DEV Community

loading...

How To Create a Music Player in Reason With The useContext Hook Part 2

sophiabrandt profile image Sophia Brandt Originally published at rockyourcode.com on ・5 min read

In the last post, we set up our project: a music player with useContext in ReasonReact.

You can find the demo on GitHub pages and the full code on GitHub.

The tutorial is a port from the React tutorial How to Use the useContext Hook in React by James King.

Type-Driven Development

ReasonReact is a statically typed language. We should now think about our data model and create types. That will help to flesh out our app's state.

We need a model for a musicTrack. We need to convert each musicTrack into an HTML AudioElement. A music track is an mp3 file that we'll upload and bundle via webpack.

src/SharedTypes.re:

type musicTrack = {
  name: string,
  file: string,
};
Enter fullscreen mode Exit fullscreen mode

The above code shows a record type:

Records are like JavaScript objects but are

  • lighter
  • immutable by default
  • fixed in field names and types
  • very fast
  • a bit more rigidly typed

But we'll need more than one musicTrack, so let's create a type for a collection of tracks:

type musicTracks = array(musicTrack);
Enter fullscreen mode Exit fullscreen mode

Now, let's think about the app state. We have a collection of tracks that we'll want to play or pause. So the state needs to communicate if a track plays, which one it is, or if no track is playing:

type playing =
  | Playing(int) // track is playing and also has an index of type integer
  | NotPlaying;  // no track is playing
Enter fullscreen mode Exit fullscreen mode

Here we can see the power of ReasonML's type system. With JavaScript, you will have to keep track of isPlaying and the track's index. For example:

const initialState = {
  tracks: [
    { name: 'Benjamin Tissot - Summer', file: summer },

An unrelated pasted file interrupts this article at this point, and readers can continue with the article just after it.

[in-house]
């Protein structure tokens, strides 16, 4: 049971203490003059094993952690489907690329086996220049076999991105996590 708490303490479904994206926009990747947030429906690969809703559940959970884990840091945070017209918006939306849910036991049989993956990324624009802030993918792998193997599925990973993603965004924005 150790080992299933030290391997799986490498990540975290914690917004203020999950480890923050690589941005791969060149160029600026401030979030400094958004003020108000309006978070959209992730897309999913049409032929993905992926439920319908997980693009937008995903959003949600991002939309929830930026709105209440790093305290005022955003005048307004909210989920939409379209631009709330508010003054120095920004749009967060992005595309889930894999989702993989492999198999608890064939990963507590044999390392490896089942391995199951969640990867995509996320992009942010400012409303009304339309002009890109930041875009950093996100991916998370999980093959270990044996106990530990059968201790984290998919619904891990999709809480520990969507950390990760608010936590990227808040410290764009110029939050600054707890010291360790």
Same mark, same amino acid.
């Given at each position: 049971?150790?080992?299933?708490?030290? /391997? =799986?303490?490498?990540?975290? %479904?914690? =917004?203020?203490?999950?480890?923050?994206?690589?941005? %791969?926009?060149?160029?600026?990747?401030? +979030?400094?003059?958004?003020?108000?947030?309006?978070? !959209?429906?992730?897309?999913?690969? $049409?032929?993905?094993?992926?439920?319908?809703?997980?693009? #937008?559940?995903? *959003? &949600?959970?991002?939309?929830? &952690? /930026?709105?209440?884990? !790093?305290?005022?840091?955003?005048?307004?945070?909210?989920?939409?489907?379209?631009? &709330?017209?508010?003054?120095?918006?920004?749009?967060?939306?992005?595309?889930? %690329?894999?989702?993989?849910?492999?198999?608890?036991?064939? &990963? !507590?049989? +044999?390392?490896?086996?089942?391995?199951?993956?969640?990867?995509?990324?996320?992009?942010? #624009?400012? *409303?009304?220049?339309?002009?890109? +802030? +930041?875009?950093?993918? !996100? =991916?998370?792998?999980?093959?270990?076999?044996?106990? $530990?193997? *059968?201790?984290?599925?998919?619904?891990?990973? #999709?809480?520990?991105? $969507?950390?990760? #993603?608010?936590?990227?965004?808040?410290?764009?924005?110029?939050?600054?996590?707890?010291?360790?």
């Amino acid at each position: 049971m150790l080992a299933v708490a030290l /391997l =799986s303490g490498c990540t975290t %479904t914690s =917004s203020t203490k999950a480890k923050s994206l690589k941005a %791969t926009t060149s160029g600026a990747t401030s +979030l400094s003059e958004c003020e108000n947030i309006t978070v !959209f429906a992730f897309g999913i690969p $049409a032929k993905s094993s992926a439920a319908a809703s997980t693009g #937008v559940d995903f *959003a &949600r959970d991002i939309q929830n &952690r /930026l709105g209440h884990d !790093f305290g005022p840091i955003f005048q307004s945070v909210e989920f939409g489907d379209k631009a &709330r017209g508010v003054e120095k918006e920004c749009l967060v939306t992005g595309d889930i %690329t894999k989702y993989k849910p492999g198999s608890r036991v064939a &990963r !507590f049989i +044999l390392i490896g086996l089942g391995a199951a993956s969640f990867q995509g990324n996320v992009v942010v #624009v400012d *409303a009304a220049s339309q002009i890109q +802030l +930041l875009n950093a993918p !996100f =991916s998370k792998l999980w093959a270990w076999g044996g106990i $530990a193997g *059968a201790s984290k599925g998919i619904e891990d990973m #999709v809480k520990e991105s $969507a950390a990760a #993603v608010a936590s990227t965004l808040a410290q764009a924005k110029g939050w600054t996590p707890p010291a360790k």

{ name: 'Benjamin Tissot - Ukulele', file: ukulele },
    { name: 'Benjamin Tissot - Creative Minds', file: creativeminds },
  ],
  isPlaying: false,
  currentTrackIndex: null,
}
Enter fullscreen mode Exit fullscreen mode

But that code could create a bug. Potentially we could both set isPlaying to true, but still have a currentTrackIndex of null. There should be a relationship between those two pieces, but we can't model that with React.js.

Of course, you could use libraries (i.e., xstate).

But ReasonML offers this functionality out of the box with variants.

(A variant is similar to a TypeScript enum.)

In our case, we can now finish our data model:

/* src/SharedTypes.re */

type musicTrack = {
  name: string,
  file: string,
};

type musicTracks = array(musicTrack);

type playing =
  | Playing(int)
  | NotPlaying;

type state = {
  tracks: musicTracks,
  playing,
};

Enter fullscreen mode Exit fullscreen mode

Create a Context

Here is the useMusicPlayerContext.js file from the original blog post:

import React, { useState } from 'react'

const MusicPlayerContext = React.createContext([{}, () => {}]) // creates Context

const MusicPlayerProvider = props => {
  const [state, setState] = useState({
    tracks: [
      {
        name: 'Lost Chameleon - Genesis',
      },
      {
        name: 'The Hipsta - Shaken Soda',
      },
      {
        name: 'Tobu - Such Fun',
      },
    ],
    currentTrackIndex: null,
    isPlaying: false,
  })
  return (
    // add state to Context Provider
    <MusicPlayerContext.Provider value={[state, setState]}>
      {props.children}
    </MusicPlayerContext.Provider>
  )
}

export { MusicPlayerContext, MusicPlayerProvider }
Enter fullscreen mode Exit fullscreen mode

As you can see, we can create a Context with an empty JavaScript object. Inside the Provider, we switch it out with a useState hook.

How can we do the same with ReasonReact?

Let's create the initial state for the app first. We already defined the type in src/SharedTypes.re:

/* src/MusicPlayer.re */

let initialState: SharedTypes.state = {
  tracks: [|
    { name: 'Benjamin Tissot - Summer', file: "summer" },
    { name: 'Benjamin Tissot - Ukulele', file: "ukulele" },
    { name: 'Benjamin Tissot - Creative Minds', file: "creativeminds" },
  |],
  isPlaying: false,
};

Enter fullscreen mode Exit fullscreen mode